Subject: Re: Down with the GPL!
From: DV Henkel-Wallace <gumby@henkel-wallace.org>
Date: Thu, 12 May 2005 15:55:30 -0700


On 12 May 2005, at 15:43, Chris Maeda wrote:

> I think this language makes perfect sense for a closed-source software
> company.  At the last 3 software companies I've worked for (1 
> venture-funded
> startup, 2 public companies), it was forbidden to incorporate GPL 
> software
> into the product, but we used as much LGPL and Apache code as we could.

For the product, sure.

But in-house code (e.g. sysadmins) could reasonably benefit from GPL 
software and doing so would not leak mission-critical details.

Likewise there are other libraries that are just as risky.  E.g. 
ordering a copy of some royalty-bearing library out of the back of Dr 
Dobbs without management knowing.

My problem is that it singled out GPL (and LGPL) code.  I consider 
_that_ unreasonable.  To me the GPLed code is just licensed code, no 
more no less.

> -----Original Message-----
> From: DV Henkel-Wallace [mailto:gumby@henkel-wallace.org]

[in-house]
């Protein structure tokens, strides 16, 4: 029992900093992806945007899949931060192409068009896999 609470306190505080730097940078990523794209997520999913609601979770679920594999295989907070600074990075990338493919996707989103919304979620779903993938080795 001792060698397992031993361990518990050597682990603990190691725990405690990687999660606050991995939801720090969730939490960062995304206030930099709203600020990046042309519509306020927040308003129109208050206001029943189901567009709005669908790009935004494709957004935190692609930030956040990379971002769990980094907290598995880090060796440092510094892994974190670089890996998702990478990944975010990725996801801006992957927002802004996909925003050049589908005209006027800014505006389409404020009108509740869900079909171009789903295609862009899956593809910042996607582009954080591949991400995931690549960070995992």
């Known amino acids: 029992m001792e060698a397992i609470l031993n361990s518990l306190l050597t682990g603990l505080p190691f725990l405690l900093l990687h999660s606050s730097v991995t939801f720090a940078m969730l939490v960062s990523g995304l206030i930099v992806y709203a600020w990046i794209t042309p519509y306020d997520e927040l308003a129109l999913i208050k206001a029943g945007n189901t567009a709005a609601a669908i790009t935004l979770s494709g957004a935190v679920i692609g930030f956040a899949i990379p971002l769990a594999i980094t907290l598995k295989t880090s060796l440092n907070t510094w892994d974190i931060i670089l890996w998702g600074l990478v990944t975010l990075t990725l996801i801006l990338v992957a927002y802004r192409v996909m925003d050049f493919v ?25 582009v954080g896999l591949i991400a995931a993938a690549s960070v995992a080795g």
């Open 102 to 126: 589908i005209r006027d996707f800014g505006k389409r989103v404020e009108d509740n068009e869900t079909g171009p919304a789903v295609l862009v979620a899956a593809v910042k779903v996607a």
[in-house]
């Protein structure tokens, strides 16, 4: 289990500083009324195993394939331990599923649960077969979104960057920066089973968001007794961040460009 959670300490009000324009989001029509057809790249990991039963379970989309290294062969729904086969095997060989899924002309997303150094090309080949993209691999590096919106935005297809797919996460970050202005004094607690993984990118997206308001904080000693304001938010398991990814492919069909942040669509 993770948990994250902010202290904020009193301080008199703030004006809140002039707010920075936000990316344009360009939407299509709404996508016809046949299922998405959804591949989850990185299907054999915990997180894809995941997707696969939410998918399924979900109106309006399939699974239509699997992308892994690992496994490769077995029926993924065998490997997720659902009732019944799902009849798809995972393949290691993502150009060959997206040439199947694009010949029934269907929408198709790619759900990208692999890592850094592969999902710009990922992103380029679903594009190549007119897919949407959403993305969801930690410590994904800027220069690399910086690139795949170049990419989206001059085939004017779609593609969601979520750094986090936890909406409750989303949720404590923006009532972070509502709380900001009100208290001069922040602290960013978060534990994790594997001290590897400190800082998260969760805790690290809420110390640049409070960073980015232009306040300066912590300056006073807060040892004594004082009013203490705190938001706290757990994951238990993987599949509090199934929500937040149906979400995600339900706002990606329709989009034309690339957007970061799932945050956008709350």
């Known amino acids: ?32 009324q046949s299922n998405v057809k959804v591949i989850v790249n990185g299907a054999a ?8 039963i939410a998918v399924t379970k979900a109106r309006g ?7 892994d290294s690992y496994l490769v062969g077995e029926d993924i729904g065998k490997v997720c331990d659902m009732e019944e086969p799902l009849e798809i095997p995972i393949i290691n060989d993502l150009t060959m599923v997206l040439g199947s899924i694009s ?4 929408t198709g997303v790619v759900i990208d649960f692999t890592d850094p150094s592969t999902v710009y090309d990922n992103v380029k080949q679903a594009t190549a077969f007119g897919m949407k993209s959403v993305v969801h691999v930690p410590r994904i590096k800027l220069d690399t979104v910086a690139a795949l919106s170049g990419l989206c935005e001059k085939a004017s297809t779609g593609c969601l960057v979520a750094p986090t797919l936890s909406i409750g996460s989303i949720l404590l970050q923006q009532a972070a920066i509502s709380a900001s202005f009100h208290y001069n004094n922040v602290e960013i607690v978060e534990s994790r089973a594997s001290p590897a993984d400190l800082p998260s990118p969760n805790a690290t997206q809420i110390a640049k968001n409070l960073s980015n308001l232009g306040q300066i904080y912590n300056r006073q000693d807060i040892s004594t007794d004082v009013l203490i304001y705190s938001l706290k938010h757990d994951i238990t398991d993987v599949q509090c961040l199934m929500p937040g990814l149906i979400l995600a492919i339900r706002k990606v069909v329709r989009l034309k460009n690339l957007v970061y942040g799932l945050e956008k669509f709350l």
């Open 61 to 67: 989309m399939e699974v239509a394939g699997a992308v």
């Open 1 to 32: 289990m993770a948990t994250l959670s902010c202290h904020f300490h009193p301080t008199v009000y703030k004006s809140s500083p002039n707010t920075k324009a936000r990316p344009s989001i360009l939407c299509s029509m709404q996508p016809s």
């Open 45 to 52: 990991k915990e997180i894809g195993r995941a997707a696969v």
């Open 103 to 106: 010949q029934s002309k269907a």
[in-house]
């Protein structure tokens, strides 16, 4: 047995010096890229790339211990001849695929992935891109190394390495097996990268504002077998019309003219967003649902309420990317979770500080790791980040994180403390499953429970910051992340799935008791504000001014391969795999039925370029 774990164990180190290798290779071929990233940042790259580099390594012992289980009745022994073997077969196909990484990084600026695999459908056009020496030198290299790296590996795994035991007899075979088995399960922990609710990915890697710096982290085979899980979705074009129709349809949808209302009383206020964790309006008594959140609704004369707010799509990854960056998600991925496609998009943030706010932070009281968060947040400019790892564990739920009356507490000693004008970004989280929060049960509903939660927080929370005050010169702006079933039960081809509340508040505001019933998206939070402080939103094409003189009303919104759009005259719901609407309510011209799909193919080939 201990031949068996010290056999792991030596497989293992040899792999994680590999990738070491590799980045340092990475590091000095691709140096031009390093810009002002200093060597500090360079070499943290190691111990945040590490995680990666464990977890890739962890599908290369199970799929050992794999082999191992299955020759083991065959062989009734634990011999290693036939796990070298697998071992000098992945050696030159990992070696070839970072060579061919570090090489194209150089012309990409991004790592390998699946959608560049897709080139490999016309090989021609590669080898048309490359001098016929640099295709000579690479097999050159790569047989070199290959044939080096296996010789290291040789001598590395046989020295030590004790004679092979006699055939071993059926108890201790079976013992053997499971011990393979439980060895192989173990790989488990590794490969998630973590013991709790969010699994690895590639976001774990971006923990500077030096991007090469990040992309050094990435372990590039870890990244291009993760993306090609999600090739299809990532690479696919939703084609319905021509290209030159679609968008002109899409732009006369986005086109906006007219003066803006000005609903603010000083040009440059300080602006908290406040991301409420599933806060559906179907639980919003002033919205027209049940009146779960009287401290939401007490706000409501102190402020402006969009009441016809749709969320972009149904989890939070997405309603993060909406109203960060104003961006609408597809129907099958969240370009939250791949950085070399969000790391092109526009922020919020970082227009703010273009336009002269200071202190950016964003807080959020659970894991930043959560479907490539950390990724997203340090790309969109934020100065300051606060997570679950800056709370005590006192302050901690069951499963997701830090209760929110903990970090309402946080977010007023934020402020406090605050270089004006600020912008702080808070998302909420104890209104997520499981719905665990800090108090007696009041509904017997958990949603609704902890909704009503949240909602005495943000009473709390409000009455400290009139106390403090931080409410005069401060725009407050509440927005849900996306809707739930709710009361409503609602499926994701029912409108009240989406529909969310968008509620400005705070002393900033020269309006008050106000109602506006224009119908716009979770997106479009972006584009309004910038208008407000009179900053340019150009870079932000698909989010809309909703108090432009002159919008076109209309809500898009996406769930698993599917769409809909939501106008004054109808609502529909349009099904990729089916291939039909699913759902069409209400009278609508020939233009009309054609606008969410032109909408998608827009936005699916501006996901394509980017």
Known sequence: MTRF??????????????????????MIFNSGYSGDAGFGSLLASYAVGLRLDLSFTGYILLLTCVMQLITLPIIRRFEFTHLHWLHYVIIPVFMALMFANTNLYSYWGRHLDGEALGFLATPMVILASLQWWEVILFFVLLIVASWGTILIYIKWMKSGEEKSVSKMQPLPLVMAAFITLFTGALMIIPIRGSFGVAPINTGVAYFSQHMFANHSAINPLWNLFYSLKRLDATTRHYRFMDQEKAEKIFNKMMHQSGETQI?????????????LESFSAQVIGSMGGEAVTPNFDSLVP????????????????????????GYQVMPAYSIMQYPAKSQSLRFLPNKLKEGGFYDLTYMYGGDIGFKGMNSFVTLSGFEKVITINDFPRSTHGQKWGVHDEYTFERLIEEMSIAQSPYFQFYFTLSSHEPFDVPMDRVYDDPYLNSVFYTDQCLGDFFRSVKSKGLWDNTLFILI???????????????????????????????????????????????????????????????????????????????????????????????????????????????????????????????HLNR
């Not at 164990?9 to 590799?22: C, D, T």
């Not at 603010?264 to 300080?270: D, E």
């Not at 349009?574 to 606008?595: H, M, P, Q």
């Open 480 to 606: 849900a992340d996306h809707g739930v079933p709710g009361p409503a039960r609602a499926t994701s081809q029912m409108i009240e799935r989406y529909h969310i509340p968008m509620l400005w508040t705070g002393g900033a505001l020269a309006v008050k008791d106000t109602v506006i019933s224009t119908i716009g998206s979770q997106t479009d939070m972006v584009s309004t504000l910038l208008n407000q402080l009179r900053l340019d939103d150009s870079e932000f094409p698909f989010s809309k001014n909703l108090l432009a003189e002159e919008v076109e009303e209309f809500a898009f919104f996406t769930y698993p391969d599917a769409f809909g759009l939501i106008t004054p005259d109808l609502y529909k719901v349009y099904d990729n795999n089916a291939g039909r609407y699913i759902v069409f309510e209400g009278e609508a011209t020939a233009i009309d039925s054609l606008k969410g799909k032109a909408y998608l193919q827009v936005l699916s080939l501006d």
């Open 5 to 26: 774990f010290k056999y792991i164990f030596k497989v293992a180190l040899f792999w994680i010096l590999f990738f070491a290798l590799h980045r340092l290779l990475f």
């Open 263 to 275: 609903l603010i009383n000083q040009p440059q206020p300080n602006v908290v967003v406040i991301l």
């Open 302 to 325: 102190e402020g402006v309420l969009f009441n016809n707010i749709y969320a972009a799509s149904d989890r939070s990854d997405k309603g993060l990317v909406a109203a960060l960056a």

> Sent: Thursday, May 12, 2005 4:47 PM
> To: Free Software for Business
> Subject: Down with the GPL!
>
> I asked our law firm for their standard employee confidentiality and
> assignment agreement for our company to use.  They are a large,
> well-respected form used by many many startups and big companies.
>
> It contained the following fascinating sentence:
>
>      "I agree that I will not incorporate into any Company software
>        or otherwise deliver to Company any software code licensed
>        under the GNU GPL or LGPL or any other license that, by its
>        terms, requires or conditions the use or distribution of such
>        code on the disclosure, licensing, or distribution of any source
>        code owned or licensed by Company. "
>
> I had this changed this to say words to the effect  that I (nor any the
> other employee) would not incorporate third-party software that might
> in any way affect our ability to redistribute (or not) any software
> without permission of a company officer.  Note that the latter
> restricts the use of Visual C++, c# etc as well!
>
> I am astonished to find the text in a standard document.
>
> Grr.
>
> -g